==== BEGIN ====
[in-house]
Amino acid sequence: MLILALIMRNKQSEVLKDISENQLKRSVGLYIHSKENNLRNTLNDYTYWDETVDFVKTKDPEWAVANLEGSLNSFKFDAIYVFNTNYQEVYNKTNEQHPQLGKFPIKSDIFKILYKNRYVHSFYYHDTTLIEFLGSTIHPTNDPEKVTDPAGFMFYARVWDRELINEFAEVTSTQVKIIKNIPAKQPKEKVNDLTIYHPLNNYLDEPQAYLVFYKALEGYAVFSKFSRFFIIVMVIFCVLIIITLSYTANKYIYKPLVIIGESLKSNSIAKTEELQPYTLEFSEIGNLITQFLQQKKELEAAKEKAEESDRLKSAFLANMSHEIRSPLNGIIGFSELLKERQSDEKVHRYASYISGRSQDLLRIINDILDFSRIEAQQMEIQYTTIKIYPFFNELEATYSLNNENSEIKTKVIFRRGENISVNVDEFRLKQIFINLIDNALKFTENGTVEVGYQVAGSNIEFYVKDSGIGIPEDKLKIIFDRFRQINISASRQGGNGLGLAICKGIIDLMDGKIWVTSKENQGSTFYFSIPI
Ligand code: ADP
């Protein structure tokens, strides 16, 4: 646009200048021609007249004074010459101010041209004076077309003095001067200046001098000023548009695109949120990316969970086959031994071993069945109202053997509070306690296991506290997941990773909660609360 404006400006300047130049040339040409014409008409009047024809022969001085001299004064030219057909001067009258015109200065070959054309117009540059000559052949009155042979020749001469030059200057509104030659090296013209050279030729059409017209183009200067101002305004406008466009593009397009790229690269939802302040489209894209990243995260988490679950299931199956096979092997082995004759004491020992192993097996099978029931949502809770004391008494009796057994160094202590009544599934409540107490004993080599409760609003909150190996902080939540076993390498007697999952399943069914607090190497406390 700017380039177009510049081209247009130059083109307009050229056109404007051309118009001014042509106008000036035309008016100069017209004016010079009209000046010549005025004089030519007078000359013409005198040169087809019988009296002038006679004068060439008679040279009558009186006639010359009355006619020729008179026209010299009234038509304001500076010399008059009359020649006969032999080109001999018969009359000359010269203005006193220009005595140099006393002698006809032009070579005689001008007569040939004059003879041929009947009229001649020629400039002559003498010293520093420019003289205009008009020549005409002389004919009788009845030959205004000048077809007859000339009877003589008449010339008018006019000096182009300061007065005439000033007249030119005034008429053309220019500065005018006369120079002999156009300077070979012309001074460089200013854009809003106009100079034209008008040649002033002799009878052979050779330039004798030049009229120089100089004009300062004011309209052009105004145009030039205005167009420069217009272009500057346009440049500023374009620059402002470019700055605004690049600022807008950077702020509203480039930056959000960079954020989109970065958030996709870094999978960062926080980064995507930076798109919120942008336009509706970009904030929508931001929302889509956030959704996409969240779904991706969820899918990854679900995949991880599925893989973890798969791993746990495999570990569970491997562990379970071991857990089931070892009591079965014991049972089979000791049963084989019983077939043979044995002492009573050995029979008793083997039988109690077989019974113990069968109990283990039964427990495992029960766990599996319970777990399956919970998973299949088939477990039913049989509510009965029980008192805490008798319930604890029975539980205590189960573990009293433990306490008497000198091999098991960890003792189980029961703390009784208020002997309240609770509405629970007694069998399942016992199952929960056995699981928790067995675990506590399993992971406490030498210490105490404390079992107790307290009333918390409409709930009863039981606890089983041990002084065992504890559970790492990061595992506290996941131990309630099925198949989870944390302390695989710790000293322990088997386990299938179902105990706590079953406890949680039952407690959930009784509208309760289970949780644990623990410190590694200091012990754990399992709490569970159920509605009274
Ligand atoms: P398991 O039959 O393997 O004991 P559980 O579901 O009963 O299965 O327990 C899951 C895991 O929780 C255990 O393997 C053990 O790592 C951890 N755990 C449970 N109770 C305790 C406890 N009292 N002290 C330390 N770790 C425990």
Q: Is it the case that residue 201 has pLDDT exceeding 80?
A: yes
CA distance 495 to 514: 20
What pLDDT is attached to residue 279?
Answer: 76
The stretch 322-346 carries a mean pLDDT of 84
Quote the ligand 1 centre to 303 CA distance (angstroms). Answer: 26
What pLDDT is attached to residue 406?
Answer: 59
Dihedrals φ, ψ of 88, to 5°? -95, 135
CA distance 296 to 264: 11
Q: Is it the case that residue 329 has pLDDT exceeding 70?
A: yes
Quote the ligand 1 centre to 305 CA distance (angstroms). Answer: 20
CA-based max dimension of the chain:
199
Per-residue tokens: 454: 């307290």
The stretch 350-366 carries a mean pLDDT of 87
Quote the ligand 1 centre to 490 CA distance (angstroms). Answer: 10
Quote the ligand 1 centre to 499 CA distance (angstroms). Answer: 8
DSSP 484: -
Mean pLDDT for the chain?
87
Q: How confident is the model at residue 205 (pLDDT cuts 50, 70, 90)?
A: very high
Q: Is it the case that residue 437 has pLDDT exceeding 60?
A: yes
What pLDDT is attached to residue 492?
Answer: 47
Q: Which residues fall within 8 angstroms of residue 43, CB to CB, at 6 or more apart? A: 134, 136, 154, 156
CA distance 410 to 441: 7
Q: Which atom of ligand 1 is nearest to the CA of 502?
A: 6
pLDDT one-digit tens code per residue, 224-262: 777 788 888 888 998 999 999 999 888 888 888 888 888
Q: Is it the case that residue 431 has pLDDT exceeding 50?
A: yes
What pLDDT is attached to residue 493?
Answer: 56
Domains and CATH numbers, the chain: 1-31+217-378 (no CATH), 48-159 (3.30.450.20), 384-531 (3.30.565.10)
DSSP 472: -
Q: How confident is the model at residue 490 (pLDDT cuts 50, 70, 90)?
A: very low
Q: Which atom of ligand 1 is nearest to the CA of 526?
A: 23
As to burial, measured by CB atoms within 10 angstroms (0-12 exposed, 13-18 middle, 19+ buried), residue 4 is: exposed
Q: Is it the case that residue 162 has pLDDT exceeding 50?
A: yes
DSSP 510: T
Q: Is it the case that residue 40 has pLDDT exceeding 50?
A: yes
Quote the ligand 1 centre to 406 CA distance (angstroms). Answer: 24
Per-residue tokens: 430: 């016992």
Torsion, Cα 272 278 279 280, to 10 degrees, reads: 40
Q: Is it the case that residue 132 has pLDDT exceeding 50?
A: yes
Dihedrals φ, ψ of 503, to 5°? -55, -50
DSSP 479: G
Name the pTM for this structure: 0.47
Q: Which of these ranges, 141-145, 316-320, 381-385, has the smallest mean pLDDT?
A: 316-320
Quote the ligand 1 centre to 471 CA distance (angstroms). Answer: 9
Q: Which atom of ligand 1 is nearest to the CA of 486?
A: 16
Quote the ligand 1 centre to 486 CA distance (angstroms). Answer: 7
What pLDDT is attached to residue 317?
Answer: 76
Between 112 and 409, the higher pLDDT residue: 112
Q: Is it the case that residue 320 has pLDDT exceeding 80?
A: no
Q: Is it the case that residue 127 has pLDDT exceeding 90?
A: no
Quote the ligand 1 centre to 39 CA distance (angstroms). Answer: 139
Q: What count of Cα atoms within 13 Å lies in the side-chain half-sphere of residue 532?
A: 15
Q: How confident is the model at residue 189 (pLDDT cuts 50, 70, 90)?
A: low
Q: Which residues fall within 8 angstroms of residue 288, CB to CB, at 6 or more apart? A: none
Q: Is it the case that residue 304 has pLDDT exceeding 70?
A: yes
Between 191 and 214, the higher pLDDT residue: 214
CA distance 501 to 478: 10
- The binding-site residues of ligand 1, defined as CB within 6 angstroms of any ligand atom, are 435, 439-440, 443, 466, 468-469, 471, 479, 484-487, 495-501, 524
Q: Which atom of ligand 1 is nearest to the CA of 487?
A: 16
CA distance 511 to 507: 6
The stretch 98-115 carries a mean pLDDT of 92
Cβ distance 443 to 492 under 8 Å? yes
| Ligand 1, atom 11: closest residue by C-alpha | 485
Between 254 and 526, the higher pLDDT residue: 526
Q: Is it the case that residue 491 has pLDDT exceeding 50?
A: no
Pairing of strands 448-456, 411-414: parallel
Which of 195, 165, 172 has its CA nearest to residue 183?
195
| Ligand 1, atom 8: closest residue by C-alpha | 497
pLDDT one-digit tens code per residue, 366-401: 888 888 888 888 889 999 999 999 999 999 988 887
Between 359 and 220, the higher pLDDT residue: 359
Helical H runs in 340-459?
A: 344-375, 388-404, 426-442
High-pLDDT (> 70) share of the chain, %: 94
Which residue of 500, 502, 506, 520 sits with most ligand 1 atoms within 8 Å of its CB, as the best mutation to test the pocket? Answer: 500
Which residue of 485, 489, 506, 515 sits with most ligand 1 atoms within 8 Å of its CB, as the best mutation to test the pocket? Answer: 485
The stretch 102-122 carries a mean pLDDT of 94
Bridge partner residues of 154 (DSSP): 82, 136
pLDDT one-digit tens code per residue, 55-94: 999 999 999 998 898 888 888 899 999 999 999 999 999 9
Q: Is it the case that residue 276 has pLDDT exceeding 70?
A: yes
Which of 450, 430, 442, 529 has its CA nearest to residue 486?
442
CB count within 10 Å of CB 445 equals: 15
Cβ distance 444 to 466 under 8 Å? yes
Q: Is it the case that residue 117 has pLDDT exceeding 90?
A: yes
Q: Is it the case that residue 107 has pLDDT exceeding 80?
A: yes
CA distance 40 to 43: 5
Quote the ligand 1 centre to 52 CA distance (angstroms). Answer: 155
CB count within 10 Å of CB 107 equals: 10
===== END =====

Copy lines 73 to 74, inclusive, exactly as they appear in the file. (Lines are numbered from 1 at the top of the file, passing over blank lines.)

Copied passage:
Q: Is it the case that residue 320 has pLDDT exceeding 80?
A: no